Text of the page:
MendelMax Emergency Stop Button Mount

by BradDudenhoffer, published

MendelMax Emergency Stop Button Mount by BradDudenhoffer Nov 12, 2012


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This bracket holds an emergency stop button with a 20mm mounting hole. The flanges are sized to match the 20mm Mitsumi extrusions used on the MendelMax


Slide your emergency stop button/switch through the mounting hole and tighten. Use two 4mm screws to mount it to the extrusion.

I have wired mine into the 12V line leading to my RAMPS board. If anything goes wrong just hit the button and all the motors and heaters shut down immediately.

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You say you wired yours in series with your main 12V supply... did you check the maximal current of the switch ?

Most are only rated to 10A, and I believe your printer may use much more than than (with the heaters).

Exceeding the maximum rating of a switch may :

  • Cause a switch malfunction, making it unable to stop the current the day you need it to
  • Cause a fire hazard in some cases

Just a heads up

Just to be safe, it might be a good idea to move the switch to the AC side of the circuit. I am using an 8 amp supply so it would definitely fall within the rated range of the switch. It is up to each person to check the ratings of their equipment before they make any additions or modifications.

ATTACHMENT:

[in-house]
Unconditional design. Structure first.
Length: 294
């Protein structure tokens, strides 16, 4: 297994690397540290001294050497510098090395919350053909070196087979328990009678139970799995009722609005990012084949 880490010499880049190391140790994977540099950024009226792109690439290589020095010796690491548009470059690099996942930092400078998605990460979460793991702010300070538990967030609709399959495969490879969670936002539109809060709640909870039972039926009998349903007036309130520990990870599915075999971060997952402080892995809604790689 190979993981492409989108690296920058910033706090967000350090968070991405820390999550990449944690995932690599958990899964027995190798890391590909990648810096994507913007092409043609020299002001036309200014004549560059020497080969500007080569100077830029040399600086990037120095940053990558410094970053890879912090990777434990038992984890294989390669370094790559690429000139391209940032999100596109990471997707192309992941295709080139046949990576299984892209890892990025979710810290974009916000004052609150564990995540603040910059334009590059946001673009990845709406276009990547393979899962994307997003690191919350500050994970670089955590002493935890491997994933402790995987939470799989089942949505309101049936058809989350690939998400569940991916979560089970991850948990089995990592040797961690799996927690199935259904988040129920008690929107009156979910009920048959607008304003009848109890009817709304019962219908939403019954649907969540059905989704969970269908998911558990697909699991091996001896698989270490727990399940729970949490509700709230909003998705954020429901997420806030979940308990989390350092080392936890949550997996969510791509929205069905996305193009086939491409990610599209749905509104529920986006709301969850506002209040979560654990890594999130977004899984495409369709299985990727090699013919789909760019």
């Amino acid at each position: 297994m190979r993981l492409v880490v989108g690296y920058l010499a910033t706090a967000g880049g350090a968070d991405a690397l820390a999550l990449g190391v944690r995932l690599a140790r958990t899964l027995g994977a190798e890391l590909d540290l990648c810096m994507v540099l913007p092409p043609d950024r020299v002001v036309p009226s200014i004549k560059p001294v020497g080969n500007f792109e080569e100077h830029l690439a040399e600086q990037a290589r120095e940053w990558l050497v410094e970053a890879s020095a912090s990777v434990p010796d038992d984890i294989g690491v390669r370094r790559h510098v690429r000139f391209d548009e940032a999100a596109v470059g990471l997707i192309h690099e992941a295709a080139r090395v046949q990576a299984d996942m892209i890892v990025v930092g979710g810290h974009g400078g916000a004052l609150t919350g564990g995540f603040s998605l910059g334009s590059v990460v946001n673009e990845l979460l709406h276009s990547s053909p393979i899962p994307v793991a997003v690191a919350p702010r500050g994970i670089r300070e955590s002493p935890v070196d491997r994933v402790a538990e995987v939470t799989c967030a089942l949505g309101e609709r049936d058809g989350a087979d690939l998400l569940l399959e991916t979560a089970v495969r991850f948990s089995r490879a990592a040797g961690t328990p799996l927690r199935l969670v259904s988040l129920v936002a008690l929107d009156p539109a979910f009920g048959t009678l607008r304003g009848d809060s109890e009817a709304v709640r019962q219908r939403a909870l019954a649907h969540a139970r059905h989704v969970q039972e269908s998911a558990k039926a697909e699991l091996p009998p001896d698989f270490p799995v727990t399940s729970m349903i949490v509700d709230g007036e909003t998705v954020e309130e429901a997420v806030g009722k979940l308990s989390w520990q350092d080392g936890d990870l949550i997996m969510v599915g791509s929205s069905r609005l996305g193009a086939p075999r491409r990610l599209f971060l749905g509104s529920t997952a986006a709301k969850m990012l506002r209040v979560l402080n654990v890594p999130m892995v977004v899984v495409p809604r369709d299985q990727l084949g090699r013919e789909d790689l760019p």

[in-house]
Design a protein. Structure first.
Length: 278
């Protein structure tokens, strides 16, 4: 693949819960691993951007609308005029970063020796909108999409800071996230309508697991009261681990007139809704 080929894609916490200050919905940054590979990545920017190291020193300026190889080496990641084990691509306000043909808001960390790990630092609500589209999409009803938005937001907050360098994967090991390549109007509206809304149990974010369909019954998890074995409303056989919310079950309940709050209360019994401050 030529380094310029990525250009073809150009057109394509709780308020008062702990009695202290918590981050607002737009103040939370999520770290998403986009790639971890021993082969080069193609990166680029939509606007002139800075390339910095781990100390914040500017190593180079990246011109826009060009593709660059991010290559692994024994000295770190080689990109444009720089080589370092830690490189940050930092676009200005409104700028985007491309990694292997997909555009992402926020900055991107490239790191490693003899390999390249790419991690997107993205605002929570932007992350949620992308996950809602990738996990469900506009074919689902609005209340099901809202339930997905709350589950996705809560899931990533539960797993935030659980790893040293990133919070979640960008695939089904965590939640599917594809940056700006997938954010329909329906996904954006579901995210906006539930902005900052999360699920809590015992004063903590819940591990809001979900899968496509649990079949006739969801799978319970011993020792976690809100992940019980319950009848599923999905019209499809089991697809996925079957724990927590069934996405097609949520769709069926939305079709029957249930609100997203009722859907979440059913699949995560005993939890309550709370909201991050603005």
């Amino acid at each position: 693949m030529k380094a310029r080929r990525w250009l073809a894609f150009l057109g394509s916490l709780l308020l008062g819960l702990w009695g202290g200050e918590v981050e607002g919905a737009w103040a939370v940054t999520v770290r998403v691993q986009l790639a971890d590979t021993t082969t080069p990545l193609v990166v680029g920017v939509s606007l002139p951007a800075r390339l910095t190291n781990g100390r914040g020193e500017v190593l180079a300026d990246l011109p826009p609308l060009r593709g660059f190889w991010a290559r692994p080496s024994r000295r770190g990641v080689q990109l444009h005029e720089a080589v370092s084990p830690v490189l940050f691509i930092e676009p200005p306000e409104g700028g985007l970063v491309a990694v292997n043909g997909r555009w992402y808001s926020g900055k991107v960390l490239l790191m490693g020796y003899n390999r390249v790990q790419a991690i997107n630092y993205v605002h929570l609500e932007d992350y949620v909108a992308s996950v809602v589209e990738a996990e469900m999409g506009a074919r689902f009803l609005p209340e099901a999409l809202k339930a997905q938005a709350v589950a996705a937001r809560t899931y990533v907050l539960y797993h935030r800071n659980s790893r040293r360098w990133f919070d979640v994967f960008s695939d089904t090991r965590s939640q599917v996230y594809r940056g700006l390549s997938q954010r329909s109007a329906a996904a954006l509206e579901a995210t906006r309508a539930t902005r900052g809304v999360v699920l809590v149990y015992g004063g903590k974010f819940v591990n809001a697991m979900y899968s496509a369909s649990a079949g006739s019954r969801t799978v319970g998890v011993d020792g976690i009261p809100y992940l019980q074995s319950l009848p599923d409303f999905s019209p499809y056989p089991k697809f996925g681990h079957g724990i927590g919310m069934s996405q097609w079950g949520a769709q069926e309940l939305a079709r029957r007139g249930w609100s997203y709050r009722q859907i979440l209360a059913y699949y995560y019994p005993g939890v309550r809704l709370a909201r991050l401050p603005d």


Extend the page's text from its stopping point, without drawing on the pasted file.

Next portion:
Thanks for the heads up. According to the spec sheet this switch is rated for 1200 watts. I am running 12 volts at 15 amps for a total of 180 watts so I am well below the rated power.

The problem is not the watts, it's the amps :)
A 600V 10A switch may be able to handle 6000W at 600V, but only 120W at 12V.

So make sure to look at the max current.

It would probably be best to use the e-stop switch to trigger a relay. 12V 30A automotive relays are less the US$15.


Or alternatively (and it's simplier) you can run the main AC supply through the emergency stop switch, this way you are sure than when it's pressed everything is shut off (including the PSU - sometimes the problem is the PSU itself :))

Another alternative, but less bullet-proof : if you're using an ATX power supply, you can run the "PS ON" wire through the switch, this way when you press it the PSU switches off.